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22-27 October 2018
Mahatma Mandir Conference Centre
Asia/Kolkata timezone

Global supply of tritium for fusion R&D

24 Oct 2018, 08:30
Mahatma Mandir Conference Centre

Mahatma Mandir Conference Centre

Gandhinagar (nearest Airport: Ahmedabad), India
Poster FIP - Fusion Engineering, Integration and Power Plant Design P3 Posters


Mr Matti Coleman (CCFE)


The tritium start-up inventory required by a tritium self-sufficient DEMO-class fusion reactor is subject to a wide margin of uncertainty, with estimates in the literature varying from less than 1 kg to almost 20 kg for a ~2 GW fusion reactor. If ITER is successful, it is conceivable that multiple DEMO-class devices may be developed in parallel; the European DEMO machine, the Chinese Fusion Engineering Test Reactor and others could require several kilograms of tritium each in the 2050s. Tritium production from heavy water (D2O) CANDU reactors in Canada presently meets the entire fusion R&D demand of tritium. Ontario Power Generation (OPG) plans to supply ITER with all of the tritium required for its exploitation. Yet OPG may only be able to supply up to 8 kg for a DEMO reactor in the mid-2050s, following the delay to the ITER D-T operations (now scheduled in 2036), owing to the progressive phasing out of Canadian CANDU reactors in the 2030s and the natural decay of stocks. There is a risk that commercially available tritium stockpiles in the 2050s are insufficient to meet the fusion demand. Herein, we present several data-based scenarios of tritium production from heavy water reactors (HWRs) and fusion tritium consumption with varying degrees of optimism. At present, only Canada and the Republic of Korea actively extract tritium from their HWRs in tritium extraction facilities (TEFs), and Romania plans to build one. Based on the assumption that only these countries contribute to the global supply of commercially available tritium, results range from 0 kg to 30.5 kg of T available in 2055, depending on the scenario considered. Alternative methods for tritium production are discussed; D-D fusion start-up with a breeding blanket, modifications to CANDU reactors and other HWRs, and production of tritium in commercial light water reactors using tritium-producing burnable absorber rods. Tritium production in HWRs remains the best source of tritium for fusion R&D. If Canada, the Republic of Korea, and Romania supply the fusion community with their HWR tritium, there is a reasonable chance that 10 kg of T would be available for fusion R&D in 2055. We call attention to the dependency of the fusion community on events outside its control, most critically the refurbishment of existing HWRs and TEFs, and the construction of new ones in several countries.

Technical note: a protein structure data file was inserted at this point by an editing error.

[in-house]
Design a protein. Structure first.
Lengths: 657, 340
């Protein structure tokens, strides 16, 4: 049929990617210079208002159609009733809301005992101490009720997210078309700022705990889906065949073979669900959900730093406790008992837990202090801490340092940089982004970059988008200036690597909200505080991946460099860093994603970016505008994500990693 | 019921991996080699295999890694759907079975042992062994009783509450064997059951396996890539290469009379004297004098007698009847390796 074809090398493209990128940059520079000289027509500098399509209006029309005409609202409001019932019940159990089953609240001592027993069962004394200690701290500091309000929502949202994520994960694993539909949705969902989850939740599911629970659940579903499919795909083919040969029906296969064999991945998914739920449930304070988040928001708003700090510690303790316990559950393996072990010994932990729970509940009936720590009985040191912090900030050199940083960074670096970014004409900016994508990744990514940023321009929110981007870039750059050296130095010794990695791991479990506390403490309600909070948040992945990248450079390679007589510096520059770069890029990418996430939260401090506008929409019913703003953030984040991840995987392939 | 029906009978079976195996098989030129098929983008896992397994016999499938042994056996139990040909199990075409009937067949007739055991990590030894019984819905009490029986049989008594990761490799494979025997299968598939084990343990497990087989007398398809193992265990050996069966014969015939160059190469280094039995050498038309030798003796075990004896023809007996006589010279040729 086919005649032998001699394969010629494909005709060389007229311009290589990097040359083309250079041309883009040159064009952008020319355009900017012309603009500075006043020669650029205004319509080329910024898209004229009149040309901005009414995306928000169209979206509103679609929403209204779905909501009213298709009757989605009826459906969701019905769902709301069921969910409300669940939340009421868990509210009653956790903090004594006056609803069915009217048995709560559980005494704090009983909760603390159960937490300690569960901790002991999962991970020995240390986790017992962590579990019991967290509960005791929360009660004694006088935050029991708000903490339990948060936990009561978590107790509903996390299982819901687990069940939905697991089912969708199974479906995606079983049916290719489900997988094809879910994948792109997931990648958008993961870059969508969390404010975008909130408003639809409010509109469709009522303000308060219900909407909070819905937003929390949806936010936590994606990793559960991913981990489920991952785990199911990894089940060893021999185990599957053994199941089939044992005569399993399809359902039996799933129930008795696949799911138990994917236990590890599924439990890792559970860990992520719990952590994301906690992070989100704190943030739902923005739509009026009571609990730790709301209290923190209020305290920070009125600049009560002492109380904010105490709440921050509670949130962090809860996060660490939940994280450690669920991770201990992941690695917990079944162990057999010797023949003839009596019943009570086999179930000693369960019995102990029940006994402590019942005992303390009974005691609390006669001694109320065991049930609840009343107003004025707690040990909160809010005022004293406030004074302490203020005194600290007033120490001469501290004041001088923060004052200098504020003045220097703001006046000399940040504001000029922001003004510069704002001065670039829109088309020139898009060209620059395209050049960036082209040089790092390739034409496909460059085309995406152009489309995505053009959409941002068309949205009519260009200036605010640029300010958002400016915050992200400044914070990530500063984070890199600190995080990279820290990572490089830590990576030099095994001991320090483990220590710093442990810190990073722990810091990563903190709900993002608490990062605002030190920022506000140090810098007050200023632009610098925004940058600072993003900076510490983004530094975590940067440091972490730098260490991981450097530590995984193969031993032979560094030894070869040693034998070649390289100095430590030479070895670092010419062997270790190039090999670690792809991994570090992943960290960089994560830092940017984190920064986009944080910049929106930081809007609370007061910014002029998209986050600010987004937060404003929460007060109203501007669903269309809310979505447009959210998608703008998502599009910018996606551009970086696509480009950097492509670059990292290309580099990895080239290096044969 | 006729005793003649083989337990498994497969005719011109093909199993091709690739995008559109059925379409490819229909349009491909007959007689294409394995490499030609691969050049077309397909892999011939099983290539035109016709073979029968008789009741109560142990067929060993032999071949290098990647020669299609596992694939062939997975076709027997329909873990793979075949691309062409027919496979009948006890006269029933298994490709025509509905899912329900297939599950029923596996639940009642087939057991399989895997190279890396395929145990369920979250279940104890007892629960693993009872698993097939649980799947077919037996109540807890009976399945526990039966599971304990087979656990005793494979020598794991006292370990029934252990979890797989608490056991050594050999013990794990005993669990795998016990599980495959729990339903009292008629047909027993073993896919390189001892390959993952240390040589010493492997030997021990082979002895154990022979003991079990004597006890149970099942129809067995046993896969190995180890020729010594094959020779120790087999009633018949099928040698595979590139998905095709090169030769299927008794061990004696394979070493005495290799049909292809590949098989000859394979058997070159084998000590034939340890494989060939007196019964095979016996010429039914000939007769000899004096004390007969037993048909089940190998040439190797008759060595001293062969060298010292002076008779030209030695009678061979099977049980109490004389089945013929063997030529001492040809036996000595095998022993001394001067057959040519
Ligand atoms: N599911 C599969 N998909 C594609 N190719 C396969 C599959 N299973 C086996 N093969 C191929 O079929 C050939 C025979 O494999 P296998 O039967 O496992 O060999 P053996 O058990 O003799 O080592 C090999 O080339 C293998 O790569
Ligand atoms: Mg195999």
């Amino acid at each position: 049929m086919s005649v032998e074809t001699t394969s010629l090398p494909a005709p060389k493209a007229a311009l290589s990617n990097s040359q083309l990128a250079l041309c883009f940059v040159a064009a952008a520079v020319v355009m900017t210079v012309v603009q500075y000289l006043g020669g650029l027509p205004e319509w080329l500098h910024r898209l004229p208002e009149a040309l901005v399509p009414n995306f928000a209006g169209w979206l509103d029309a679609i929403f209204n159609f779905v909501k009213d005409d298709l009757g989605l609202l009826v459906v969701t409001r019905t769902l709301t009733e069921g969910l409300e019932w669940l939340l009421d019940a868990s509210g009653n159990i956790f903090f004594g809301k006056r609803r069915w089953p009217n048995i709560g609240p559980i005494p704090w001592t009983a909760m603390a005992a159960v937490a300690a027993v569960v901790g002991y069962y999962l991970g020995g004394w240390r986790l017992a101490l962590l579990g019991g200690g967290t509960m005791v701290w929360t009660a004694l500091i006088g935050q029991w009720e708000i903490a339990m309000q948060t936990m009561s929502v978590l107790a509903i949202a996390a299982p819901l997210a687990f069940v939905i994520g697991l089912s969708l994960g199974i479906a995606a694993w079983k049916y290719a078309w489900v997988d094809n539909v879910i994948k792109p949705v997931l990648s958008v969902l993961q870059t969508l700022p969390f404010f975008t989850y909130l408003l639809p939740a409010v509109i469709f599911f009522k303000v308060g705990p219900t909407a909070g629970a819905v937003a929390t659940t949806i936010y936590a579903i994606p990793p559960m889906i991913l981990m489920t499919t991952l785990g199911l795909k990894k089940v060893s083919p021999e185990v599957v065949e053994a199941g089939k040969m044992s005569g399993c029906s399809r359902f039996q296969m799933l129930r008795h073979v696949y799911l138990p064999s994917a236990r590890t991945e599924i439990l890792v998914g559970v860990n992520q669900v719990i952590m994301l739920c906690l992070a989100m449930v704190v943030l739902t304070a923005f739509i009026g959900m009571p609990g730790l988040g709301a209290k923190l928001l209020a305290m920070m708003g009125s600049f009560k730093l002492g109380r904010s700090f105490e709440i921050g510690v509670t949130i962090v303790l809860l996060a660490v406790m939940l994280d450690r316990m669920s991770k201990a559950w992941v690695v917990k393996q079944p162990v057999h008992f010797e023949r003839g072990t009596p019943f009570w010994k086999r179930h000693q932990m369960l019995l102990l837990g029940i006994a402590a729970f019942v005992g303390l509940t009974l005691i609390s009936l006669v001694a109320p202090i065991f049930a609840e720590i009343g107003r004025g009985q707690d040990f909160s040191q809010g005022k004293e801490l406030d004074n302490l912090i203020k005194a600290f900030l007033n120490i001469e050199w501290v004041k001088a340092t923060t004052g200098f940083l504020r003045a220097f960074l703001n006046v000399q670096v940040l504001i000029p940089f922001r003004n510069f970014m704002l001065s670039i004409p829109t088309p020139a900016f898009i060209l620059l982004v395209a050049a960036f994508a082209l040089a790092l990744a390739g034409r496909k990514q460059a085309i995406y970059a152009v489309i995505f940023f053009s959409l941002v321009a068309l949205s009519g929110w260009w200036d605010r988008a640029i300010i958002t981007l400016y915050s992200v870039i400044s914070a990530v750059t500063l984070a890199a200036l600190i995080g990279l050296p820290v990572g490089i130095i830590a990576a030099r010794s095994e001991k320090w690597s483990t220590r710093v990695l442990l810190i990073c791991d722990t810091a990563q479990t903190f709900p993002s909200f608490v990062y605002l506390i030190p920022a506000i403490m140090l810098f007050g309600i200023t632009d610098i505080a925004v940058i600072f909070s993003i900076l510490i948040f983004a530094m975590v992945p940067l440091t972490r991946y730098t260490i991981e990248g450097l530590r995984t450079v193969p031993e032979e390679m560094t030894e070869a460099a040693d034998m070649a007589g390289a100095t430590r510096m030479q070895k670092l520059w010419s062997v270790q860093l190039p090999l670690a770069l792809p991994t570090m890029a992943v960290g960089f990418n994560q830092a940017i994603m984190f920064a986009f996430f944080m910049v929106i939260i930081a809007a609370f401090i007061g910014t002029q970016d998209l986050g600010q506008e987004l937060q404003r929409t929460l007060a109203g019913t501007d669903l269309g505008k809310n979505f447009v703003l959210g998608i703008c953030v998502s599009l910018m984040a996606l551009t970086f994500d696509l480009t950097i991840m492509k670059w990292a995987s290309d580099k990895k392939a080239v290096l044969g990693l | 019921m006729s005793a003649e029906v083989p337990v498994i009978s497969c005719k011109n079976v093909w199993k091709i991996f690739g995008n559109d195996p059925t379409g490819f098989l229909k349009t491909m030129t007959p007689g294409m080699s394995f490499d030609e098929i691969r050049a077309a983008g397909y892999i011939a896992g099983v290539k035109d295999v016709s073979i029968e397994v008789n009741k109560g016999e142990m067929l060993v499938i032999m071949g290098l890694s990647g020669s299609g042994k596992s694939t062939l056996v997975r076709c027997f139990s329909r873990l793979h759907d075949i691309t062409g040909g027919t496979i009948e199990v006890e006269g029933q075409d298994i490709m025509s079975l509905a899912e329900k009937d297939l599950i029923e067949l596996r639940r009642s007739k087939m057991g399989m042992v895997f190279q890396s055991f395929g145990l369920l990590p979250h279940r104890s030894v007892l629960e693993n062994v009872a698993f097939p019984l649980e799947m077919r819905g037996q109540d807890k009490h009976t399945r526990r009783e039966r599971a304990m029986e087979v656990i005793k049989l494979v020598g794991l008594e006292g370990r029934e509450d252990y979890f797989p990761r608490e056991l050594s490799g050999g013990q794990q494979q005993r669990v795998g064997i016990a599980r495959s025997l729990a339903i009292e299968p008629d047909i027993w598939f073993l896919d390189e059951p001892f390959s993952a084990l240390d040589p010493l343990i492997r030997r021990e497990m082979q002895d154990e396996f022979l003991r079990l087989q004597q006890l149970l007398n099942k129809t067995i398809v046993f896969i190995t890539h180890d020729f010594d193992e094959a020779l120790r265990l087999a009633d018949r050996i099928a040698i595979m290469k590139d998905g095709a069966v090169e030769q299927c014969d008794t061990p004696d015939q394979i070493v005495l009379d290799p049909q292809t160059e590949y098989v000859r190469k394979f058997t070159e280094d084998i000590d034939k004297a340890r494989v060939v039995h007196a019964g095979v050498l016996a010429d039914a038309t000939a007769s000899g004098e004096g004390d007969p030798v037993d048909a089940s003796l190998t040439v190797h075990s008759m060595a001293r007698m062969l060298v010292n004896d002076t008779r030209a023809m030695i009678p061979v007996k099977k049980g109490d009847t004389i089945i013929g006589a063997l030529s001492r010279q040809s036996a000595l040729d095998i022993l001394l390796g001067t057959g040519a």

Country or International Organization United Kingdom
Paper Number FIP/P3-25

Primary author

Mr Matti Coleman (CCFE)


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